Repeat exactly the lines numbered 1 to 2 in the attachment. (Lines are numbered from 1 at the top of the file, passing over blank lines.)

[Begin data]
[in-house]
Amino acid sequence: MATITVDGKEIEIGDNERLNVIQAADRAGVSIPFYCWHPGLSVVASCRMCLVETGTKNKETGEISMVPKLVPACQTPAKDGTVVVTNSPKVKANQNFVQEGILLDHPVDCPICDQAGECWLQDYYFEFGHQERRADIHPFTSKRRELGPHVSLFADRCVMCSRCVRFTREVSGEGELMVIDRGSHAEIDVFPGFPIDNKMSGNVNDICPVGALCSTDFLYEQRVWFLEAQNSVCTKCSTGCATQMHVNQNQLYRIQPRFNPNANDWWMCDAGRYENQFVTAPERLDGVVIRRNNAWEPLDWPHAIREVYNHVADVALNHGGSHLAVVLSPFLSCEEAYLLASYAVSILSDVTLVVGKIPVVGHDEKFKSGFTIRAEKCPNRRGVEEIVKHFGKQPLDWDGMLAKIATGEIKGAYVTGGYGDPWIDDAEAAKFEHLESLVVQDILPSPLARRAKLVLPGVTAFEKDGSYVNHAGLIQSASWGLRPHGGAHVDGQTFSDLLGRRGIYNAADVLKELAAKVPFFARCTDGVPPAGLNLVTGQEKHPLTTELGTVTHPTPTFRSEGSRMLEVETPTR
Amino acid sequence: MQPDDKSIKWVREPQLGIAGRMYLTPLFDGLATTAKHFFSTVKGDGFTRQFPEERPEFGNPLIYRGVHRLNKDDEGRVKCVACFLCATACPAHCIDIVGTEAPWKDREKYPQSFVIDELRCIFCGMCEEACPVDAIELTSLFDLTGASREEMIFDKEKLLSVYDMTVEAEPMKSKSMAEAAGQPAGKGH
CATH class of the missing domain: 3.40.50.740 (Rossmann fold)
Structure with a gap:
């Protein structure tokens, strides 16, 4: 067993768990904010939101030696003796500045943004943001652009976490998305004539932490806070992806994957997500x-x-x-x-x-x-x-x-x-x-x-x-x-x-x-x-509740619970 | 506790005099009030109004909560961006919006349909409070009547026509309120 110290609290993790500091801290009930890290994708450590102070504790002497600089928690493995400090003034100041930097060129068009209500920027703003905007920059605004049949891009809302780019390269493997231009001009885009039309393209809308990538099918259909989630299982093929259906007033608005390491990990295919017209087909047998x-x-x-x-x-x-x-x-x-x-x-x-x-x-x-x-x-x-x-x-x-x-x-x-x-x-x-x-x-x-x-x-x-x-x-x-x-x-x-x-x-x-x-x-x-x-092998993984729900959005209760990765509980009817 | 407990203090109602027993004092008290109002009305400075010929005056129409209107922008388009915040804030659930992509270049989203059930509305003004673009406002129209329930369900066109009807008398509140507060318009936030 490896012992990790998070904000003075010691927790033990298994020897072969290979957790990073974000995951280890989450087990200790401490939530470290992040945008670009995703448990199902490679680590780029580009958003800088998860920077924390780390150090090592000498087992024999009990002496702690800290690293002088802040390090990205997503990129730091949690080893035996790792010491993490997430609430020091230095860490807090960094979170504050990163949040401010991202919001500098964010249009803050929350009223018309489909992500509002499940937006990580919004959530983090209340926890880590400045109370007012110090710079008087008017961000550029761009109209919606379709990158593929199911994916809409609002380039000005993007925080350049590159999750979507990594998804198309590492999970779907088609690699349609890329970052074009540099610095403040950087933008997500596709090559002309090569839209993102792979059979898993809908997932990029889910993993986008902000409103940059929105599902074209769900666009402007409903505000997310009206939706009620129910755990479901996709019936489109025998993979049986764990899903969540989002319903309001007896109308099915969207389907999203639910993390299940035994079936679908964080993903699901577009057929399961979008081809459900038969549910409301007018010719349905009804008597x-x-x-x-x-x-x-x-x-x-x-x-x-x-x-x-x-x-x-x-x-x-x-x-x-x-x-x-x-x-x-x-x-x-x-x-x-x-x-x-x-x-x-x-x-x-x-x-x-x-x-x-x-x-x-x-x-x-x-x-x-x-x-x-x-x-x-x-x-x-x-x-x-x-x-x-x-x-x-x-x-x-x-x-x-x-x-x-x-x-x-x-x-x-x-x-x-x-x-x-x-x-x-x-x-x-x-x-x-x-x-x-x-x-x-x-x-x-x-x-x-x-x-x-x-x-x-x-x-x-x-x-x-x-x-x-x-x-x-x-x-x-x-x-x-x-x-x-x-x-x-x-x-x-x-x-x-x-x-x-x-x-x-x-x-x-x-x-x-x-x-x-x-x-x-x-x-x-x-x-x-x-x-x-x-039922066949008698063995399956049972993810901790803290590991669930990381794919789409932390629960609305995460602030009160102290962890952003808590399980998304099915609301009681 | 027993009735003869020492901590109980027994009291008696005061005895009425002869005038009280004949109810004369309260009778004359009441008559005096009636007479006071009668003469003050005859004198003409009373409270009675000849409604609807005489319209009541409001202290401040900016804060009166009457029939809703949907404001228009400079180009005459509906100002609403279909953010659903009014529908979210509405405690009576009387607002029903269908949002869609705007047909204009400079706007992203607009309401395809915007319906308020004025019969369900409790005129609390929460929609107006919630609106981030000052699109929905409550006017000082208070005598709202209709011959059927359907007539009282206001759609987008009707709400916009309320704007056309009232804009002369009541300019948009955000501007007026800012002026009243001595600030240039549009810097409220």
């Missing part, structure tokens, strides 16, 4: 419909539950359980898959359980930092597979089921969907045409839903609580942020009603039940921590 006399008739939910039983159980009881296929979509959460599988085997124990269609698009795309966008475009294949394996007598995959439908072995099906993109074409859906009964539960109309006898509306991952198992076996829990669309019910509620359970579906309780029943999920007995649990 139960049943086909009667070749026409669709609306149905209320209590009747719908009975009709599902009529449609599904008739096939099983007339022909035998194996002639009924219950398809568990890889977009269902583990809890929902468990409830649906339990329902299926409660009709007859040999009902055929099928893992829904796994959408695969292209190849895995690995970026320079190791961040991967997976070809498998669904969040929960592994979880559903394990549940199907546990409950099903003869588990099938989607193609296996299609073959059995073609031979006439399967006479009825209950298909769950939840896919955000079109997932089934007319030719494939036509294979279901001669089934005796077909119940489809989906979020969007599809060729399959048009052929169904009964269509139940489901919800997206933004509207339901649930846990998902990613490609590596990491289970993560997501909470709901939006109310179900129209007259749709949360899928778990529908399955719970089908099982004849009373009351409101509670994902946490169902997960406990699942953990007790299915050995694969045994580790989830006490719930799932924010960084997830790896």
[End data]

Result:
[in-house]
Amino acid sequence: MATITVDGKEIEIGDNERLNVIQAADRAGVSIPFYCWHPGLSVVASCRMCLVETGTKNKETGEISMVPKLVPACQTPAKDGTVVVTNSPKVKANQNFVQEGILLDHPVDCPICDQAGECWLQDYYFEFGHQERRADIHPFTSKRRELGPHVSLFADRCVMCSRCVRFTREVSGEGELMVIDRGSHAEIDVFPGFPIDNKMSGNVNDICPVGALCSTDFLYEQRVWFLEAQNSVCTKCSTGCATQMHVNQNQLYRIQPRFNPNANDWWMCDAGRYENQFVTAPERLDGVVIRRNNAWEPLDWPHAIREVYNHVADVALNHGGSHLAVVLSPFLSCEEAYLLASYAVSILSDVTLVVGKIPVVGHDEKFKSGFTIRAEKCPNRRGVEEIVKHFGKQPLDWDGMLAKIATGEIKGAYVTGGYGDPWIDDAEAAKFEHLESLVVQDILPSPLARRAKLVLPGVTAFEKDGSYVNHAGLIQSASWGLRPHGGAHVDGQTFSDLLGRRGIYNAADVLKELAAKVPFFARCTDGVPPAGLNLVTGQEKHPLTTELGTVTHPTPTFRSEGSRMLEVETPTR